How long does it take to cook salmon on a plank?

How long does it take to grill salmon on a plank?

Place the salmon skin-side down in a single layer on the cedar planks. Cover the grill. Grill for 12 to 15 minutes. Grill until the salmon is uniformly pink in the center.

How long does it take to cook salmon on a cedar plank on the grill?

Place the cedar plank in the center of the hot grate, away from the heat. Cover the grill and cook until cooked through, around 20 to 30 minutes. The internal temperature should read 135 degrees F. Transfer the salmon and plank to a platter and serve right off the plank.

How do you know when Cedar plank salmon is done?

The boards are ready when they start to smoke and crackle just a little. Place the salmon fillets onto the planks and discard the marinade. Cover, and grill for about 20 minutes. Fish is done when you can flake it with a fork.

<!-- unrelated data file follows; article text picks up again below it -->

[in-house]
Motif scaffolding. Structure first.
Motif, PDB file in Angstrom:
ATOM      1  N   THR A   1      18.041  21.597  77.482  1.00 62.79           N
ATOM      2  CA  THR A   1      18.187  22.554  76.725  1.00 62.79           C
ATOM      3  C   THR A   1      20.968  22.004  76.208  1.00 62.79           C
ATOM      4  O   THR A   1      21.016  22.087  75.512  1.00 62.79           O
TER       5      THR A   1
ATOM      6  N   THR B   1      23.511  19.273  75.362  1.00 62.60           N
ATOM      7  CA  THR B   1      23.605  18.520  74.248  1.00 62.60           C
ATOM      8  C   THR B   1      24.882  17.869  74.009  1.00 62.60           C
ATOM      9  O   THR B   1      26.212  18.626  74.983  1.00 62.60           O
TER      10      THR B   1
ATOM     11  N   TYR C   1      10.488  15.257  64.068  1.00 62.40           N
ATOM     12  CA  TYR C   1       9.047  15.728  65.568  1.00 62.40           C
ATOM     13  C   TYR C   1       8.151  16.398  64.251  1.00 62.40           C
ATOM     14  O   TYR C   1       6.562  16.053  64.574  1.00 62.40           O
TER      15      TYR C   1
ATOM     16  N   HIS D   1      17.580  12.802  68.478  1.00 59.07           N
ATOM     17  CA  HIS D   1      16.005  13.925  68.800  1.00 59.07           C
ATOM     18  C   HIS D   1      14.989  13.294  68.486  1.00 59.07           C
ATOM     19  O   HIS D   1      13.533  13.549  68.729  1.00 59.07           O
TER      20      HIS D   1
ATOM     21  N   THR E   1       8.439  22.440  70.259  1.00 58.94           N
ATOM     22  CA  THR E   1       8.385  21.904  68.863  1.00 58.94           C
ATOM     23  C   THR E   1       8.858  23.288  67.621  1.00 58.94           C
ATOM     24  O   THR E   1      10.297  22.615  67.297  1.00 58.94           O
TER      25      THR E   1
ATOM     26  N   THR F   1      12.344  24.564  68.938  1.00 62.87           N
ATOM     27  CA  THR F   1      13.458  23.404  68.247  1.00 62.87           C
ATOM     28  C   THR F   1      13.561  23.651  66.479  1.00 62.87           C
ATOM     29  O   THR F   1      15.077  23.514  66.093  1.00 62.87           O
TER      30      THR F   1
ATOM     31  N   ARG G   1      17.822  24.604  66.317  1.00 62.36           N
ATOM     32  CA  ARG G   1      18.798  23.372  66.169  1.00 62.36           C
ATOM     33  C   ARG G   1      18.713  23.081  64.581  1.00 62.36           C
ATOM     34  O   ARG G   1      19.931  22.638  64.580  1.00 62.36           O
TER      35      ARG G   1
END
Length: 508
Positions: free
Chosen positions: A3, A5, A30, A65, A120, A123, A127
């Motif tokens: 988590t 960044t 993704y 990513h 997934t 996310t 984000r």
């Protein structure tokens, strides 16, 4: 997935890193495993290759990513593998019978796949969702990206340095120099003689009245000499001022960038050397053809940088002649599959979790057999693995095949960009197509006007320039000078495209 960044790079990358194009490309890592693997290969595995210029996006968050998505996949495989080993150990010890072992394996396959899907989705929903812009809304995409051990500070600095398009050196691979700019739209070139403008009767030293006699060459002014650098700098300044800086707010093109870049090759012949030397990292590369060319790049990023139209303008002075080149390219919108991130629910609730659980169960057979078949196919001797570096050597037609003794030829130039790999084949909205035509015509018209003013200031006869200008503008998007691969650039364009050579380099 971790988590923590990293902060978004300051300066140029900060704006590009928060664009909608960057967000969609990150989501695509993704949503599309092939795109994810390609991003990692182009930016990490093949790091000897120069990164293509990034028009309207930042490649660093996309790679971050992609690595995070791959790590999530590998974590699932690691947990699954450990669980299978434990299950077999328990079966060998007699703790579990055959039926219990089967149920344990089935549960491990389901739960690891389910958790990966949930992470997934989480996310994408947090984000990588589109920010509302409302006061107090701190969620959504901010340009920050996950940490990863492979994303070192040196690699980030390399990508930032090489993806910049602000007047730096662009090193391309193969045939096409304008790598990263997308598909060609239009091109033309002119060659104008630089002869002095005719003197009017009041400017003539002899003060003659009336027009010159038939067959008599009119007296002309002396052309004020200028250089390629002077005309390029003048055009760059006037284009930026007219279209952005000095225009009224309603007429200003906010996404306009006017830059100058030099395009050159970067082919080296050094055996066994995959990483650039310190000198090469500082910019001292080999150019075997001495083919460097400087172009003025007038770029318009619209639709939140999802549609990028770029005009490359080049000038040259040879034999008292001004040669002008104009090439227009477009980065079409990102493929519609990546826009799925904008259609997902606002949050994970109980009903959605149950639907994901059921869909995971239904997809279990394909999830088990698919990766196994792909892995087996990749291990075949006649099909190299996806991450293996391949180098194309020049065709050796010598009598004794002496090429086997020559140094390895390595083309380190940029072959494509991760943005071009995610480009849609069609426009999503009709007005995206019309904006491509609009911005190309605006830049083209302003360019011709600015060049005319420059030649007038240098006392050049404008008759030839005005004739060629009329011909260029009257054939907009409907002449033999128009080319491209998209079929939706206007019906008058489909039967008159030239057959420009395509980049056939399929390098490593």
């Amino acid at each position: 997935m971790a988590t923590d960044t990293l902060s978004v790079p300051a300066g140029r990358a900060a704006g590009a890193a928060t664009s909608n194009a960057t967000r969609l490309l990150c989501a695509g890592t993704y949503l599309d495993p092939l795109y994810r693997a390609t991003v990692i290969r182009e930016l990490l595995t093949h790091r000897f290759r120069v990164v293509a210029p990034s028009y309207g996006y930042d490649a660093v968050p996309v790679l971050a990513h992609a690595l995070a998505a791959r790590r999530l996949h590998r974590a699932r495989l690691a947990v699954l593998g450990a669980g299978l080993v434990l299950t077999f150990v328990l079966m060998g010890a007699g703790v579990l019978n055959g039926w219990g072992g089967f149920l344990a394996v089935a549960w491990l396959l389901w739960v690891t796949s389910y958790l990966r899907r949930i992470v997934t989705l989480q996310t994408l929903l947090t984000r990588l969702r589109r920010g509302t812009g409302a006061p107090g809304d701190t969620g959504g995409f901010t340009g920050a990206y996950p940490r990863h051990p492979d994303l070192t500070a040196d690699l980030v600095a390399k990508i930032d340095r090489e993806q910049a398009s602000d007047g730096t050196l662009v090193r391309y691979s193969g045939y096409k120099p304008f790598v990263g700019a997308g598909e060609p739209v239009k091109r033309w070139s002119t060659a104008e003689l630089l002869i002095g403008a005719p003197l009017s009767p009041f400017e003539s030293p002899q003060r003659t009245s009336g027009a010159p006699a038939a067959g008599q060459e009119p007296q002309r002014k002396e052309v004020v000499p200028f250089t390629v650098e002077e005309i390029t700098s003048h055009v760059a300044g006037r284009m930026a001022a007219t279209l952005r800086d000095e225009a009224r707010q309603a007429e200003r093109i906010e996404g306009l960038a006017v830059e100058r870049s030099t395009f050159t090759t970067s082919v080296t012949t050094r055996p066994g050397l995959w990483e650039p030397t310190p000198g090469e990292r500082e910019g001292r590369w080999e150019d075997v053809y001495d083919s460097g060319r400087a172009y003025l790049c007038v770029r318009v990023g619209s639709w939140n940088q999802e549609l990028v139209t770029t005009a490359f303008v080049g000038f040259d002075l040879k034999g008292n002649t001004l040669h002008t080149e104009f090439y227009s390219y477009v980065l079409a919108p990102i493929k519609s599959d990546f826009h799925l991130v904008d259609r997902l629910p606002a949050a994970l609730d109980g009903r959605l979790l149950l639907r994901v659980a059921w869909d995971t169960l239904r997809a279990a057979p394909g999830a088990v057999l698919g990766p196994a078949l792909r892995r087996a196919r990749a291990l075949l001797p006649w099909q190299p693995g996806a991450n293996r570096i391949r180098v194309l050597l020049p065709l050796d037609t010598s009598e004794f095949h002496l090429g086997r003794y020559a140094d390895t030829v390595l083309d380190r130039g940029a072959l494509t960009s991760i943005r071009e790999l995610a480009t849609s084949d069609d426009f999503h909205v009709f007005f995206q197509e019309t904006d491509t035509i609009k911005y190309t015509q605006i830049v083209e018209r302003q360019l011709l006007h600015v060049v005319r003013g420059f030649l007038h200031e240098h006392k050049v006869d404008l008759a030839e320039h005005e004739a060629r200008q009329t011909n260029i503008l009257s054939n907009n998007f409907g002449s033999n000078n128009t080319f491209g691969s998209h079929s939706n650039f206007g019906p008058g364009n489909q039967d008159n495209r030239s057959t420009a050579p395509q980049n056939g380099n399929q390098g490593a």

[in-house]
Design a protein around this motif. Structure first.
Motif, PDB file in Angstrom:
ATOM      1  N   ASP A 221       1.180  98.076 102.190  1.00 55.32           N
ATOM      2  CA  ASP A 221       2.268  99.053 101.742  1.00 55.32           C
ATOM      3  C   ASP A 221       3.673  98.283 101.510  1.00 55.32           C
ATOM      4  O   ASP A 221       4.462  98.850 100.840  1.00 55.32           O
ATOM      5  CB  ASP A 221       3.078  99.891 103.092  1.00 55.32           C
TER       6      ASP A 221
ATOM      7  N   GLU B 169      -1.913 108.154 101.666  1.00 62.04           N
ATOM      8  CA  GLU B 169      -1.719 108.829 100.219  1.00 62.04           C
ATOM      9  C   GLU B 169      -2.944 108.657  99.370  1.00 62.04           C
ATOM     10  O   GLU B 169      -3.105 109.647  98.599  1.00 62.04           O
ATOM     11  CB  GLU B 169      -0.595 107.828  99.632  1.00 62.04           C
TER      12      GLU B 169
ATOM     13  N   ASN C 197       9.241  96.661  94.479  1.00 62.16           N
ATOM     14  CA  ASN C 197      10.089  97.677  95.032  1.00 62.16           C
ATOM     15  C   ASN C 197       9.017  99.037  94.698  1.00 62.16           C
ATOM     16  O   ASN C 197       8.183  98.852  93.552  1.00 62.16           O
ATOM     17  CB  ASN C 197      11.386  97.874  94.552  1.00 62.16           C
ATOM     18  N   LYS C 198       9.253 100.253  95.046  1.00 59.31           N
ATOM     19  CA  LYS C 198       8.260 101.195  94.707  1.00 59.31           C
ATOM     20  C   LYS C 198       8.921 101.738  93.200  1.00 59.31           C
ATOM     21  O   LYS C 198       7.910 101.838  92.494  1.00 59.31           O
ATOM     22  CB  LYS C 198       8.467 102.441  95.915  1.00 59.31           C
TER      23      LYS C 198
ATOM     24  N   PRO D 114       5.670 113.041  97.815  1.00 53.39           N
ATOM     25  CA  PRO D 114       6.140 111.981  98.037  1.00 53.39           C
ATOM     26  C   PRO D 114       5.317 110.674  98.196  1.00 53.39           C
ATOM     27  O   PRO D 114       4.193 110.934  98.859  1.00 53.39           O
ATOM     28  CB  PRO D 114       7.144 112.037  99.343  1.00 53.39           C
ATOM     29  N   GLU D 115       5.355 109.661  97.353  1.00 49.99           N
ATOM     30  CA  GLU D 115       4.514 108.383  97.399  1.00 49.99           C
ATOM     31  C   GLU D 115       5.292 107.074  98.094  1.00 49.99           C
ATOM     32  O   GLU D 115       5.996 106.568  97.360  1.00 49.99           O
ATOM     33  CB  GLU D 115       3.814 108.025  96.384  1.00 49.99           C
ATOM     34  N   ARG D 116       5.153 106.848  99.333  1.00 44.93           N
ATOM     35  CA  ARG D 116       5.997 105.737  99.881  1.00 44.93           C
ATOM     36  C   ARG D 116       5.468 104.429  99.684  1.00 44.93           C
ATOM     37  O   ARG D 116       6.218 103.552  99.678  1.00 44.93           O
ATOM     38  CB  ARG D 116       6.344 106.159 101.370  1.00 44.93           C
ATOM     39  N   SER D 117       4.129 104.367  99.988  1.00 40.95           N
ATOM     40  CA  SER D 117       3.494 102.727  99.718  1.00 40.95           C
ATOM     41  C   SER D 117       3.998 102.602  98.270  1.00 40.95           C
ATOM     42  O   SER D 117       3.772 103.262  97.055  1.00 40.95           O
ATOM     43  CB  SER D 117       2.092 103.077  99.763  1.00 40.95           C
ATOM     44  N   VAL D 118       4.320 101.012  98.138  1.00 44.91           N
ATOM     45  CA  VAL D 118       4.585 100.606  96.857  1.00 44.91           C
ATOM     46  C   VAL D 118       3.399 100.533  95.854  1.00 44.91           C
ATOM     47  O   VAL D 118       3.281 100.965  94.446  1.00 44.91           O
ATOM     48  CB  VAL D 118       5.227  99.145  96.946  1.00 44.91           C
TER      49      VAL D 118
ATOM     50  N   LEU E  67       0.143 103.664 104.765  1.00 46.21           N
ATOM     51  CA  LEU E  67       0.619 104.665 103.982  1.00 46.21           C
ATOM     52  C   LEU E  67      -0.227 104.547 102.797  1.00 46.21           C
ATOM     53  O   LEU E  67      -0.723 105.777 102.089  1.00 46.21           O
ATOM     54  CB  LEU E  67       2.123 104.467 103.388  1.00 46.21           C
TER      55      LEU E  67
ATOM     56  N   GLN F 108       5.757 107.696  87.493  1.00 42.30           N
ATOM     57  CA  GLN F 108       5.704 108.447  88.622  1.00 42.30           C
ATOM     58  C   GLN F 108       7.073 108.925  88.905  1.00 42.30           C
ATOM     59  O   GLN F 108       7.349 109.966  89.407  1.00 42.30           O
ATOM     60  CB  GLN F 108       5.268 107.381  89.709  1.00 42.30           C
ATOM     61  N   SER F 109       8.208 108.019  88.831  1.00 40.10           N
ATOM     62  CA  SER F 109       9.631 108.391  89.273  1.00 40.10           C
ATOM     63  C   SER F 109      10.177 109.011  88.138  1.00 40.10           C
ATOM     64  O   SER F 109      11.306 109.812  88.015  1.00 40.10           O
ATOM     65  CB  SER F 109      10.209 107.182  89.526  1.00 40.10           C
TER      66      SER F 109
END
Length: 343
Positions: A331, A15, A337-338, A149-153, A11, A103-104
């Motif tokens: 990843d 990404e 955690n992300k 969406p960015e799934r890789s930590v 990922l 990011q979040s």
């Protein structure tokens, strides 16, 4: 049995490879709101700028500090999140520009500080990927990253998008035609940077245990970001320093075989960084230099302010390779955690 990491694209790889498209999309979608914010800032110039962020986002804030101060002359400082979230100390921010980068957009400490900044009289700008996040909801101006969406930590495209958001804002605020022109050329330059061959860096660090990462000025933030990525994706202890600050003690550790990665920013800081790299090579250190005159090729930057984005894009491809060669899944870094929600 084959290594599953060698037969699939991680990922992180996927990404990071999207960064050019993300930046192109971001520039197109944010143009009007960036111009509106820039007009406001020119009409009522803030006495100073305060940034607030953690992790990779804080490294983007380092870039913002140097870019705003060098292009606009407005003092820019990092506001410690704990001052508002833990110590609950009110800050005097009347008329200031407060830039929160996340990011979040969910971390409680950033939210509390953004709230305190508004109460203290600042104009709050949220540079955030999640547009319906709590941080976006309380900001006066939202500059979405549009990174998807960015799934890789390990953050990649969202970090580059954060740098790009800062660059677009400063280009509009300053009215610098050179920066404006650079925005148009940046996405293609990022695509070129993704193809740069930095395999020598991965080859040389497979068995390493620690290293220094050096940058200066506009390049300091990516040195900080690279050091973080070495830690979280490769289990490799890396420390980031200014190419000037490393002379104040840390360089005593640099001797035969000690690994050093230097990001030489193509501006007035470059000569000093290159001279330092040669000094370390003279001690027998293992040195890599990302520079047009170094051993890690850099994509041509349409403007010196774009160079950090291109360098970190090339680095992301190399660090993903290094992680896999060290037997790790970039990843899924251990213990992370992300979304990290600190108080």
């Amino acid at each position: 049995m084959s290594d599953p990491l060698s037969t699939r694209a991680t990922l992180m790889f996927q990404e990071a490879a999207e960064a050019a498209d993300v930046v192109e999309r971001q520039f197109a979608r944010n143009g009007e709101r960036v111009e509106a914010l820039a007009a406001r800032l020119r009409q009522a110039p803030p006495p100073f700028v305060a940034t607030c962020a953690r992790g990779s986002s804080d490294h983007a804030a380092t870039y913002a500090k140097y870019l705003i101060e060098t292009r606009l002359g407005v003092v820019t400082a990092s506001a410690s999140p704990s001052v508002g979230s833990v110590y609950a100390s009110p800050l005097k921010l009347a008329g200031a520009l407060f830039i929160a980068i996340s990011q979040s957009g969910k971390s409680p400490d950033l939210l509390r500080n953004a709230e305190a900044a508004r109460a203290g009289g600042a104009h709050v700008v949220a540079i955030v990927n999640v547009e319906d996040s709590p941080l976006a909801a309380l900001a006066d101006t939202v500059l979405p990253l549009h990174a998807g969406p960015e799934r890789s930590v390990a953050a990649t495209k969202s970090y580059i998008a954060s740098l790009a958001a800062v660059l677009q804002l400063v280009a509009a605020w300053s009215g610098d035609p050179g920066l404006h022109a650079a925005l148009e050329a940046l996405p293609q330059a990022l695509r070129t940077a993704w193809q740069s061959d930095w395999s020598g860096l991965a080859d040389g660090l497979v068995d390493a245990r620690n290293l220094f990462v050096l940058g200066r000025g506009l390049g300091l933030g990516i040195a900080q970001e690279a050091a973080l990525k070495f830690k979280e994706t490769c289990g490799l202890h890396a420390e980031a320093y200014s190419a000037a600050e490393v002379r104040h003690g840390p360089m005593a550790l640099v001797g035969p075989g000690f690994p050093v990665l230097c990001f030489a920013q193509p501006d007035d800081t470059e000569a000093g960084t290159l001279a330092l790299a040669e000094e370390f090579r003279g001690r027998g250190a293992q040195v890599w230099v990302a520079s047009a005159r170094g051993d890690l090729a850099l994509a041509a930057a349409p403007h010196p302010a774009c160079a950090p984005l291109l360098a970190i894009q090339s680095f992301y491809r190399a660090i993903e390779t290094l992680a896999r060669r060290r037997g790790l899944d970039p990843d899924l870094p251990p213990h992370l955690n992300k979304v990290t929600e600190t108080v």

How long do you soak a cedar plank?

Soak the plank for one to 12 hours before using it to grill food. This keeps the wood from burning and also helps to keep the food moist while it’s cooking. Make sure to weigh down the plank with a heavy bowl as it soaks, so it’s completely immersed.

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What temperature do you grill salmon on a cedar plank?

Preheat the grill to medium-high, about 400 to 450°F (204 to 232ºC). Place the water-soaked plank on the grill grates close the lid. When the plank begins to smoke and lightly char, about 7 to10 minutes, flip over and remove from the grill to begin salmon preparation.

How do you know when salmon is finished?

Salmon will change from translucent (red or raw) to opaque (pink) as it cooks. After 6-8 minutes of cooking, check for doneness, by taking a sharp knife to peek into the thickest part. If the meat is beginning to flake, but still has a little translucency in the middle, it is done. It should not however, look raw.

Is it OK if salmon is undercooked?

We never recommend the consumption of raw or undercooked fish — including salmon — because it may increase your risk of foodborne illness. … The salmon’s flesh should bulge in but then bounce back to its original, firm form.